Tocqueville's Political Economy

By Richard Swedberg | Go to book overview

Chapter Six
POLITICS IN A DEMOCRATIC ECONOMY

FROM EARLY ON Tocqueville dreamed of becoming a politician, and it is clear he hoped that Democracy in America would be his entry into political life. The French admired their authors in the 1800s and found it natural that they also should play a role in public life, so his calculations were not vain.1 And when the first volume of Democracy in America was published in 1835, to great acclaim and proclamations that a new Montesquieu had been born, his hope of having a political career seemed about to become reality.

In one of the chapters in his celebrated book Tocqueville compares the politician or legislator to the captain of a ship: “The legislator is like a navigator on the high seas. He can steer the vessel on which he sails, but he cannot alter its construction, raise the wind, or stop the ocean from swelling beneath his feet.”2

The captain on this ship of state may well have been Tocqueville himself as he looked ahead in the 1830s to his future as a politician. And the ship he was steering was France, which had to make its way securely from the Old World of Aristocracy to the New World of Democracy on a journey that all modern nations had to undertake.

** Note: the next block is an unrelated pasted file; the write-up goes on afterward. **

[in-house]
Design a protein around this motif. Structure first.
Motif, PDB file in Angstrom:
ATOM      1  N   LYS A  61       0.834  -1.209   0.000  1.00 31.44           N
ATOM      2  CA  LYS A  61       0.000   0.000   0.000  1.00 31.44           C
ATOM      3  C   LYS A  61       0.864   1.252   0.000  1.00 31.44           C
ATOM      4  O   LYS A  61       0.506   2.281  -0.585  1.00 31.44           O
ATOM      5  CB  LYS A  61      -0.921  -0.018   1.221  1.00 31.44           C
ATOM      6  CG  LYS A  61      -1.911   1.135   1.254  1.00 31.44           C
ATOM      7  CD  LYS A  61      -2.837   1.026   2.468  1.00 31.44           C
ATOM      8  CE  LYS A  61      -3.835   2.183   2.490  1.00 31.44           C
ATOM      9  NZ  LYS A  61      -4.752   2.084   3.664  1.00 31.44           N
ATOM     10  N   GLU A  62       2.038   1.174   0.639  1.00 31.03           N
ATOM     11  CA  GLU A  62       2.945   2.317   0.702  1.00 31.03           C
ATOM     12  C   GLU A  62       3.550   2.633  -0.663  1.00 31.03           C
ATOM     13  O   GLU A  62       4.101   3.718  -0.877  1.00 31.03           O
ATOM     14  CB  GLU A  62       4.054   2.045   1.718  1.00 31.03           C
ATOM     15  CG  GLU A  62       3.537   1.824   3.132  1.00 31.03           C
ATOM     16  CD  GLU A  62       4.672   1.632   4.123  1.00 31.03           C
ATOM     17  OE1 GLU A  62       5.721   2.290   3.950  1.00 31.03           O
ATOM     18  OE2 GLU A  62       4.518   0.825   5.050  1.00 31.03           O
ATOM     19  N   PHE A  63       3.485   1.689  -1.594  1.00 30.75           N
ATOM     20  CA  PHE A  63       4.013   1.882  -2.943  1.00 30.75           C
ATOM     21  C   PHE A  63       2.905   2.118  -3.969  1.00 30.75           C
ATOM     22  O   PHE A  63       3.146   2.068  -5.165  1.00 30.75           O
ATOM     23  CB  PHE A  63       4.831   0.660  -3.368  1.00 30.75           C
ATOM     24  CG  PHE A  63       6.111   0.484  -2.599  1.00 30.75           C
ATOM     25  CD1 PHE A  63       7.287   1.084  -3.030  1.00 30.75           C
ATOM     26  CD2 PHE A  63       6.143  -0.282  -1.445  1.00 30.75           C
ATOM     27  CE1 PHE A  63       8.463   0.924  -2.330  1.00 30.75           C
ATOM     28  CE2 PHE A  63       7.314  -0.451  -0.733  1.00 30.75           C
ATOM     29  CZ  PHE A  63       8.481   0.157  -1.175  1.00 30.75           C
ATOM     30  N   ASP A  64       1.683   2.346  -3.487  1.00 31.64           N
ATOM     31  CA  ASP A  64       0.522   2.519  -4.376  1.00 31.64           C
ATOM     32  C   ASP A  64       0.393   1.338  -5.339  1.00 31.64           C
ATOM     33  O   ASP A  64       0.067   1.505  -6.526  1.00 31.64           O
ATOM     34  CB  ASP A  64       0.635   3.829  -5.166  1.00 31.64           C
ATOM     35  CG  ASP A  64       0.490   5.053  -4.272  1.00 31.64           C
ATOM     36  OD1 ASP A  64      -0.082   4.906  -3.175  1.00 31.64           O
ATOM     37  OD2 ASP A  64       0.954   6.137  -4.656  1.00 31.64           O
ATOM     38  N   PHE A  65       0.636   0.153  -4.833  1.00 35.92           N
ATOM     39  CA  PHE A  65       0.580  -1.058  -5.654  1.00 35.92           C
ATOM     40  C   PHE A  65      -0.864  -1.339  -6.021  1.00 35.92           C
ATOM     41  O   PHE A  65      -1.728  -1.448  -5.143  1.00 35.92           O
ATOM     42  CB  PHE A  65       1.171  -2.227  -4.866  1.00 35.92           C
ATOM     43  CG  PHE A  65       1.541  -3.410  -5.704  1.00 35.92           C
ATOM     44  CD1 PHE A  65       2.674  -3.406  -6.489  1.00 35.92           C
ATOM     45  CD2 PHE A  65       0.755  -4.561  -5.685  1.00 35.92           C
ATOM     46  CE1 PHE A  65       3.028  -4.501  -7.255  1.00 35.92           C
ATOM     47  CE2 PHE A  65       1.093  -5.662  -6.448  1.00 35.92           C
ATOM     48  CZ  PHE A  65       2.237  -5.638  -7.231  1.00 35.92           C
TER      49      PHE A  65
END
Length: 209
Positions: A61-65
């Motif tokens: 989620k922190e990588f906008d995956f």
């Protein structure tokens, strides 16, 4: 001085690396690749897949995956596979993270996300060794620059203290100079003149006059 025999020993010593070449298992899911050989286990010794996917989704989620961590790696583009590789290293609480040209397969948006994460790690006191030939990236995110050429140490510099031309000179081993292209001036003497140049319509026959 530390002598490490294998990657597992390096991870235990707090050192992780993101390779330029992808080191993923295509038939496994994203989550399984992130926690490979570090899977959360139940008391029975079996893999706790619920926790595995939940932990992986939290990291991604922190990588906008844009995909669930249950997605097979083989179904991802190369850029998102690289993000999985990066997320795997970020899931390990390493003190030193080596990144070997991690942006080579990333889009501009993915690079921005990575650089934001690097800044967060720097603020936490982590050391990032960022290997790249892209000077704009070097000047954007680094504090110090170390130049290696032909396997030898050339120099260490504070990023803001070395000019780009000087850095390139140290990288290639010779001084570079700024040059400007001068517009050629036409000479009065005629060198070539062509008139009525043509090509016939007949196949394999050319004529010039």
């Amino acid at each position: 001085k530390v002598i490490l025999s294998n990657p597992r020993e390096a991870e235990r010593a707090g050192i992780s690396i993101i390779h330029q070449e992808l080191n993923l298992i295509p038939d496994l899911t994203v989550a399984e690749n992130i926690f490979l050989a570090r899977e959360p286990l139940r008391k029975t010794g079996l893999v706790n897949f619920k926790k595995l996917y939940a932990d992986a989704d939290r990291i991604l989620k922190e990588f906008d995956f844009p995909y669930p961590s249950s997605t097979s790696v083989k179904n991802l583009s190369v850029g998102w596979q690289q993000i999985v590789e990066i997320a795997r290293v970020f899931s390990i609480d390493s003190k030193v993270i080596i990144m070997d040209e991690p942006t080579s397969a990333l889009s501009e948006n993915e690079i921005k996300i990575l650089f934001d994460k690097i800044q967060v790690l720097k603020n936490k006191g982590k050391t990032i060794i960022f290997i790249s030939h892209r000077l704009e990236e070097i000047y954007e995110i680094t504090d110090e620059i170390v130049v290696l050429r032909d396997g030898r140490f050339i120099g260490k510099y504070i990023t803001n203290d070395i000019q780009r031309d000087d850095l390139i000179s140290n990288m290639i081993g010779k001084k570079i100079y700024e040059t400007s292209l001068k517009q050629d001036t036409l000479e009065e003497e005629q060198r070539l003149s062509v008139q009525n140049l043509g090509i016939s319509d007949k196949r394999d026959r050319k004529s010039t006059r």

A stormy passage was to be expected, especially for France, which had already endured more than one revolution. But for Tocqueville the danger that accompanied political life was part of what made it worthwhile. He had come to admire and even desire the stormy periods of history when political passions were aroused. Only in these circumstances, he believed, would people be shaken out of their natural lethargy and do what was truly extraordinary and worthwhile. Revolutions were dangerous—but they made people forget their own narrow economic interests and behave in a truly disinterested manner.

Tocqueville's idea of the cleansing and elevating role of what he called “the political passions” (“passions politiques”) occupies a very important role in his political thought, and it had an impact on practically every political topic he touched on. In Democracy in America, for example, he distinguishes between “great parties” and “minor parties”: the former arouse passions, bring forth great men, and make people act in a disinterested way, and the small parties are mediocre, boring, and appeal to peo

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